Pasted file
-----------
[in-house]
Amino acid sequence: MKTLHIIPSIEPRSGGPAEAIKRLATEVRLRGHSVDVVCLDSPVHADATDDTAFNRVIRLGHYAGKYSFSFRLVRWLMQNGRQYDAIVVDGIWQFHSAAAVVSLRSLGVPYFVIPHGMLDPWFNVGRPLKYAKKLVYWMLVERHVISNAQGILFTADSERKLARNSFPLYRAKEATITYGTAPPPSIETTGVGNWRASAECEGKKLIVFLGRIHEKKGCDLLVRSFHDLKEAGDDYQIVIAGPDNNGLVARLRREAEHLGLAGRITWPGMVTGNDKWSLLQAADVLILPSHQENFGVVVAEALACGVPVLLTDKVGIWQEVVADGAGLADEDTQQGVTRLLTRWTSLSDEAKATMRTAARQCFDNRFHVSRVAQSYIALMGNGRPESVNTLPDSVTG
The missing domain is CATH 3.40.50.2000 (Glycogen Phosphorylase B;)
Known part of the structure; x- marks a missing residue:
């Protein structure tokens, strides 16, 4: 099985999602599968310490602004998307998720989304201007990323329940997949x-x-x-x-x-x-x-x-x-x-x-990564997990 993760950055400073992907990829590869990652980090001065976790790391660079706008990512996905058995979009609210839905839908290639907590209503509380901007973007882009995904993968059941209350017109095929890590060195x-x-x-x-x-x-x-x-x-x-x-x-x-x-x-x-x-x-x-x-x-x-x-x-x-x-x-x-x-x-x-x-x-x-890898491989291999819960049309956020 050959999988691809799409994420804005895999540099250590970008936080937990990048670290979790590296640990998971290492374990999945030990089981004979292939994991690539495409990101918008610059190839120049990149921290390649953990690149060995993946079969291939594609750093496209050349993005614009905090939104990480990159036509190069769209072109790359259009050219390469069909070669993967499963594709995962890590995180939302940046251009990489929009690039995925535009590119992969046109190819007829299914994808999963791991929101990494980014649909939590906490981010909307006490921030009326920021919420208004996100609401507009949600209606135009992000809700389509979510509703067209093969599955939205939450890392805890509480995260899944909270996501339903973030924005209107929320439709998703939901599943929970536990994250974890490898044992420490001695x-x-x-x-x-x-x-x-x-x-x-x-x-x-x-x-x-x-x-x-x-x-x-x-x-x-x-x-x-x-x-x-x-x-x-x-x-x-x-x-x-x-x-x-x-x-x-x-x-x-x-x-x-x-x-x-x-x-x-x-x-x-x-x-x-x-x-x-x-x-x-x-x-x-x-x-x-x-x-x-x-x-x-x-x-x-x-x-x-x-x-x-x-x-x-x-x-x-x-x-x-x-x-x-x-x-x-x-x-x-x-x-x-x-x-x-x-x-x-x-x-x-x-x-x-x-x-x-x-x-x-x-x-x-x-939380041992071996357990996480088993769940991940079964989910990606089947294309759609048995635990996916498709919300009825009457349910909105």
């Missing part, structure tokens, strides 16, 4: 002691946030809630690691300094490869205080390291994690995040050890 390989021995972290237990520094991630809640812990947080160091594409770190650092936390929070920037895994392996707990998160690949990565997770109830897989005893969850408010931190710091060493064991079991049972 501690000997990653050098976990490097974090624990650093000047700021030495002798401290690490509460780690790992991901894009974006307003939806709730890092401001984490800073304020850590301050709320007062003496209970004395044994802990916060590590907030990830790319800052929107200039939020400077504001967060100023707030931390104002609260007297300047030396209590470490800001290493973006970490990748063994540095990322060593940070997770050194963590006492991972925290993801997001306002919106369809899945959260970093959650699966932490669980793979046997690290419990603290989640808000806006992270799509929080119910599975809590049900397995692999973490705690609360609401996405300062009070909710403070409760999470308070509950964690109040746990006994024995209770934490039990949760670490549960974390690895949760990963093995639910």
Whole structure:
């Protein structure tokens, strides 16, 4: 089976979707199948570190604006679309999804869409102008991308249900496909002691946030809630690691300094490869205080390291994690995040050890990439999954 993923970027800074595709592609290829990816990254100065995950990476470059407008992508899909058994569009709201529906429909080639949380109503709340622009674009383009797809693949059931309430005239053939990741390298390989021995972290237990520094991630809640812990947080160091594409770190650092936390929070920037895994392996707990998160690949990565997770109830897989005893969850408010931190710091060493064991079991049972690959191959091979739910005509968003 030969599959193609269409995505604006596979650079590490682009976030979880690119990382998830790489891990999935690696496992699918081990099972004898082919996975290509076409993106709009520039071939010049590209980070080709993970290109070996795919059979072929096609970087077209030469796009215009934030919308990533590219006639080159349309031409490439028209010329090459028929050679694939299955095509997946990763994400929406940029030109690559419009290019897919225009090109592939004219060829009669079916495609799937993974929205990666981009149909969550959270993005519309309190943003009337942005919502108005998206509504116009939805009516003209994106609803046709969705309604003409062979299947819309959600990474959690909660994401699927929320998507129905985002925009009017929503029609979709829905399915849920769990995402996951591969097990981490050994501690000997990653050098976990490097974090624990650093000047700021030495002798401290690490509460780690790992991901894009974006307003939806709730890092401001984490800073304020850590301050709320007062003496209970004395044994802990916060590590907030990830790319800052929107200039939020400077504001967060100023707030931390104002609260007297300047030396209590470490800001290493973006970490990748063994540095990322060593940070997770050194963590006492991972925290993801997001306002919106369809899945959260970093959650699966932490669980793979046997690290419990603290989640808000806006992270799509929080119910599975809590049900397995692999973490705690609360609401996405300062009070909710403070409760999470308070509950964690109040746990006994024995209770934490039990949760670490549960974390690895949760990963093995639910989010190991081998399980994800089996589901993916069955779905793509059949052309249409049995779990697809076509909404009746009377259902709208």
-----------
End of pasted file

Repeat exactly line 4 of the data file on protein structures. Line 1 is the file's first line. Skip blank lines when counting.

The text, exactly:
Known part of the structure; x- marks a missing residue: